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  2. i'll have to try columbine next year. your garden looks so lush and green. the columbines are gorgeous!

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  3. Liebe Barbara! Deine Akeleien sehen fantastisch aus.
    Bezüglich der schneckenresistenten Pflanzen bin ich mir nicht so ganz sicher, wenn es sonst nichts gibt, fressen sie auch Dinge, die sie sonst in Ruhe lassen. Glaube daher kaum, dass es etwas gibt, was sie grundsätzlich verschmähen.

    lg kathrin

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  4. Wow, you have so many beautiful ones Barbara. I love the blues and pinks, and purples. Okay maybe I love them all. LOL! The first one is especially a nice one. It looks like the blooms stand up better and do not droop like so many of them do. They are hardy little plants.

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  5. I've grown a couple of varieties from seed this year - just pricked them out so I'm looking forward to a good display next year

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  6. Columbine is Colorado's state flower. So I have to have these growing in my garden. I did not know they were slug resistant. But then again, I don't have slugs, I have voles. :0

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  7. Love your Aquilegias they all look so happy in your garden. I brought seed with me when I moved house and now have all colours everywhere, they are marvellous plants aren't they.

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  8. i have 2 colors of them, i really like this oldfashioned plant, and it self seeding fits my chaotic flowergarden :) i have light purple and very dark blue . i'm looking for seeds ofthe white variety.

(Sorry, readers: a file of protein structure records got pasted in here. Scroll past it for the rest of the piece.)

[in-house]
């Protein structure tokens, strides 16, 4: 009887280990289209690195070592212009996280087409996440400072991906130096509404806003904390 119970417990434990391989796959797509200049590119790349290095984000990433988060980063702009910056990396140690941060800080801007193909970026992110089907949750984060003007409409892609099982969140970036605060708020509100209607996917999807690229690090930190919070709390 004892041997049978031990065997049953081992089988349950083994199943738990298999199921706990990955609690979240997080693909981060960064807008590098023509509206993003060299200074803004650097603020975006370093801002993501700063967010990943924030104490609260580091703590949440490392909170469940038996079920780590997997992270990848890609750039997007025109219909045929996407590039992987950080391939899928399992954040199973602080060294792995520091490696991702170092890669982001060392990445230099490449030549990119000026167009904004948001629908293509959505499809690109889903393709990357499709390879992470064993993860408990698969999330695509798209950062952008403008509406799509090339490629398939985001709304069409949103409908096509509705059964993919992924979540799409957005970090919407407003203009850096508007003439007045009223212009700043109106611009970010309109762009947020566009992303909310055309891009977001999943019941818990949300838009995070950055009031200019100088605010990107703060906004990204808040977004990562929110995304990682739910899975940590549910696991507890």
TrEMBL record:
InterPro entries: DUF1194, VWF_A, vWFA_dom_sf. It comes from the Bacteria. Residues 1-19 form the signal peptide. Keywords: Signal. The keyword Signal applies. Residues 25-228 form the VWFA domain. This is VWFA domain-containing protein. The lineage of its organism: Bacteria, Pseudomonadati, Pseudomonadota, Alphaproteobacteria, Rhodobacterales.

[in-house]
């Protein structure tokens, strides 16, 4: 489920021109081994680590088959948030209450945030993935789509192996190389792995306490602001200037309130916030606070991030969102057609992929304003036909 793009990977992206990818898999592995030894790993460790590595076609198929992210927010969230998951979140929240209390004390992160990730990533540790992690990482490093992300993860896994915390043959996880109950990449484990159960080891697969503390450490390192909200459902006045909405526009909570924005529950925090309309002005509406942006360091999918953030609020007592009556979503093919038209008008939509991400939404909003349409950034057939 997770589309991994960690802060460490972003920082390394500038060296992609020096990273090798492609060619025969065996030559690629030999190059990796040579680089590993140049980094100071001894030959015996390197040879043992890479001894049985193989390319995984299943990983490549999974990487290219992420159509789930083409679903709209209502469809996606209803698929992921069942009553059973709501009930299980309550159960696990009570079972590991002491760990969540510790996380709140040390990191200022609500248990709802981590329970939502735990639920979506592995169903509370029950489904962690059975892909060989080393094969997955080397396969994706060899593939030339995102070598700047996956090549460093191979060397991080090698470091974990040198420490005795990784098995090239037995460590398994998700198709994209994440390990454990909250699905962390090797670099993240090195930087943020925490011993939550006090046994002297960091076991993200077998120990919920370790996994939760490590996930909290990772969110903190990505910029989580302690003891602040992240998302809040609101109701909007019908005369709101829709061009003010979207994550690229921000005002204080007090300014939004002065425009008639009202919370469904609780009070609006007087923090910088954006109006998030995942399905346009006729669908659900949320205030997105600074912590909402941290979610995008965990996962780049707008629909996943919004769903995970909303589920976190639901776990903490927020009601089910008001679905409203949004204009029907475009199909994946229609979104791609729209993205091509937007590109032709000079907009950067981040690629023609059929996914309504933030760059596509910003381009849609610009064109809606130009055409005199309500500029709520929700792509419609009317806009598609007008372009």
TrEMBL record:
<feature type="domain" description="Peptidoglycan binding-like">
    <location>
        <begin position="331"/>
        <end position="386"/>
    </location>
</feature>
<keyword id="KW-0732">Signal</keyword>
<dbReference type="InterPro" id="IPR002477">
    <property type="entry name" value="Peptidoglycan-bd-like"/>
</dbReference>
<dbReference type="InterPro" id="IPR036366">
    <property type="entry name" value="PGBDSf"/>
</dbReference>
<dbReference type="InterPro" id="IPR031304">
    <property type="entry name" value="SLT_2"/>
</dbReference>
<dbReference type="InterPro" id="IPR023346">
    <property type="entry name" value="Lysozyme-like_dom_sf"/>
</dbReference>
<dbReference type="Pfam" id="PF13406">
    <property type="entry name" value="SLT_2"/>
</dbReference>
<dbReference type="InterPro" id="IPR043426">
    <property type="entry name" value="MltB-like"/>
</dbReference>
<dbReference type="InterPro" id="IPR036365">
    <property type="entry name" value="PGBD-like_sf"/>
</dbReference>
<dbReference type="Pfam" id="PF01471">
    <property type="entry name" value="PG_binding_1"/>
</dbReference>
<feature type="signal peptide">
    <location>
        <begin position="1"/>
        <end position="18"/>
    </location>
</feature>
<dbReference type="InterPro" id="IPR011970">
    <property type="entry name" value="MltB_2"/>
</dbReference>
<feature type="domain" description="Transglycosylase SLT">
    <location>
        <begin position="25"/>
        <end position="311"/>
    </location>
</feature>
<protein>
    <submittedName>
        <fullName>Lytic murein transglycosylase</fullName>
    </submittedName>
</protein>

the foliage is so beautiful, even when it isnt blooming yet :)

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  9. Wo9nderful pictures o9f Columbine. I am curious
    when roce time comes. how you will present them.
    Cynthiia

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  10. Dear Barbara, Your Columbine collection is amazing! I have had no luck with them; you inspire me to try again. Love your collage. P. x

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  11. It is slugs we have in common! My garden is currently packed with aquilegia - I love them (though not the doubles very much . . . I have a purple one but otherwise the tall, pale, simple plants are what I like best). Aquilegia and Foxgloves. Slugs leave the aquilegia alone completely and, although they munch on the lower leaves of foxgloves, they don't go far up the stems. (Tummy ache or filled with stodge? Don't know - but the flowers are untouched.)

    Esther

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  12. Yes, slugs don't like Columbines.
    Columbines change their colours from year to year.
    Next year you might be surprised to see different colours.
    Thank you for visiting,
    Gisela.

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  13. Du hast aber einen schönen Frühlingsgarten! Ich wusste garnicht, dass die Akeleien gegen Schnecken helfen sollen. Die ganz dunklen gefallen mir persönlich am besten. Liebe Grüße von Luzia.

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  14. Have hust fallen in love with columbines after seeing your stunning pictures. Must get some for next year but when should I plant them in SE England? I have a sunny side and a shady side part of the day and an area which is always in the shade apart from early morning.
    Olive